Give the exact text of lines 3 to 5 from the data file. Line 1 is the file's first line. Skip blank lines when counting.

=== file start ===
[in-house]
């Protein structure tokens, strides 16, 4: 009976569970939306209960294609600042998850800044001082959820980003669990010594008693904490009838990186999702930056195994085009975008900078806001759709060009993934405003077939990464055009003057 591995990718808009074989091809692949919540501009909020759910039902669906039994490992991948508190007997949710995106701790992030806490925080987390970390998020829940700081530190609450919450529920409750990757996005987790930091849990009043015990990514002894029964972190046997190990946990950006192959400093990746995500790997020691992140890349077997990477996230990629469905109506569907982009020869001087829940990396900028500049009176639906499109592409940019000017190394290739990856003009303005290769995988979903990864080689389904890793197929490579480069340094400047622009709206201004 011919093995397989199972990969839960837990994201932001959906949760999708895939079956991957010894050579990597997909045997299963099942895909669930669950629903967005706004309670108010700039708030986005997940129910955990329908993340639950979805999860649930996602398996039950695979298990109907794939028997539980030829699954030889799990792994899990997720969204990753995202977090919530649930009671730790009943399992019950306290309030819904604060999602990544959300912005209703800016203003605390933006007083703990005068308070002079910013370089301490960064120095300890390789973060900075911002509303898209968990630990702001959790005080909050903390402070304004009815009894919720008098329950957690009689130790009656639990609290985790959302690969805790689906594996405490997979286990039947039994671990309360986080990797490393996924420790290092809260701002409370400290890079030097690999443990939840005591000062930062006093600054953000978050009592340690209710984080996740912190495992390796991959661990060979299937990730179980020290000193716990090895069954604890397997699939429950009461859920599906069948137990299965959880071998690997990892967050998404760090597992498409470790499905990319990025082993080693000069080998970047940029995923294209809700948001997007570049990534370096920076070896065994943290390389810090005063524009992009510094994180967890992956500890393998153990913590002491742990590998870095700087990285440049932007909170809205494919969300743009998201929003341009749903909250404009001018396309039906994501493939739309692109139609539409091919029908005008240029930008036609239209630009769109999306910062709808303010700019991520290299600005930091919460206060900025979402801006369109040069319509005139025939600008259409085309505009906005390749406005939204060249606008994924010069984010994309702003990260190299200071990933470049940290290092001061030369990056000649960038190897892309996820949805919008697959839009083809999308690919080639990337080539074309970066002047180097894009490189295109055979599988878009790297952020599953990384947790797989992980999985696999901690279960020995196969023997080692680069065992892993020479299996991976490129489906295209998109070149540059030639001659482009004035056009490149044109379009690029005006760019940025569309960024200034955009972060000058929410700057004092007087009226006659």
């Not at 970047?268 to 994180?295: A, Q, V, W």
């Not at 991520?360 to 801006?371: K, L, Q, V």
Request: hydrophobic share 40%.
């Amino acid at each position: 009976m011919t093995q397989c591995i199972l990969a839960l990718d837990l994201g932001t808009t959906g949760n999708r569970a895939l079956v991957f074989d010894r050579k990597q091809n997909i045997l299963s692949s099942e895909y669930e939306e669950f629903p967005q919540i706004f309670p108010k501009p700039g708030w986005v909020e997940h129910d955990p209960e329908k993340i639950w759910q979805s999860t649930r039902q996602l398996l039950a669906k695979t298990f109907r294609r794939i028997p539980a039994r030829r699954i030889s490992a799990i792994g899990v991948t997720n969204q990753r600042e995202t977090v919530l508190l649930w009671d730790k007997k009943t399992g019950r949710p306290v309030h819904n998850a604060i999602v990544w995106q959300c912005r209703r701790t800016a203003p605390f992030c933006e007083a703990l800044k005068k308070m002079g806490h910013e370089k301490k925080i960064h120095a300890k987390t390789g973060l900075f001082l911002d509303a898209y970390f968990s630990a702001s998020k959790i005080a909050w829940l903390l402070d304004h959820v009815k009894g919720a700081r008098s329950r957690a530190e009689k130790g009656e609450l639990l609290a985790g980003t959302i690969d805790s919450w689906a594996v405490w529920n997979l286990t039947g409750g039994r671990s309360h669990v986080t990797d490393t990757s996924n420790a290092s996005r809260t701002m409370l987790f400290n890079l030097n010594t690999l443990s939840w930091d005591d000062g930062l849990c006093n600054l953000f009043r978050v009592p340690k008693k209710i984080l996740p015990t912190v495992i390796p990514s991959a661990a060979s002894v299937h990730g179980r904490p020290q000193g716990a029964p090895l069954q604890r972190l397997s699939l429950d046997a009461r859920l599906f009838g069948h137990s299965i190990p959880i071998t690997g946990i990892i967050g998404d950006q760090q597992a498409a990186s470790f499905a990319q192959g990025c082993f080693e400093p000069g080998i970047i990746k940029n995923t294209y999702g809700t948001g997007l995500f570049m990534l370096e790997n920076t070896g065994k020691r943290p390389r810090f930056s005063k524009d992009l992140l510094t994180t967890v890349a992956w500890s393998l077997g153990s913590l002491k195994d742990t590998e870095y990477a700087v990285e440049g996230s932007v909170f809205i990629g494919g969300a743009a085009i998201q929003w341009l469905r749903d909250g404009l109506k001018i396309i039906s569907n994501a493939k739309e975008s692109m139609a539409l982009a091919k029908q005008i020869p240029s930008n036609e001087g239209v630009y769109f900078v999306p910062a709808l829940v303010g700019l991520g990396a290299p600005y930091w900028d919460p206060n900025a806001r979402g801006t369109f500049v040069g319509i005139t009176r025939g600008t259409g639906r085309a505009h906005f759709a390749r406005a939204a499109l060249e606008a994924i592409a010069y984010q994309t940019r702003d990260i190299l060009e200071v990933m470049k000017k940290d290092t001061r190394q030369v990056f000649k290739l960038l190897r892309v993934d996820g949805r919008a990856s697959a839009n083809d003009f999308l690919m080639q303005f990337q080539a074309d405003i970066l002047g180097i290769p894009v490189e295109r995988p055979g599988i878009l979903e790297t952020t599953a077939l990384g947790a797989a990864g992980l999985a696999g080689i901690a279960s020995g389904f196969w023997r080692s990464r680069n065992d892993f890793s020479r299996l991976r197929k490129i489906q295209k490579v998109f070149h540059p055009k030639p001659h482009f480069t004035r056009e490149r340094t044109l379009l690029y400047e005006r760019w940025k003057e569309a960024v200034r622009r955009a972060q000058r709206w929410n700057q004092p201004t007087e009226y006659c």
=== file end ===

């Not at 970047?268 to 994180?295: A, Q, V, W």
């Not at 991520?360 to 801006?371: K, L, Q, V």
Request: hydrophobic share 40%.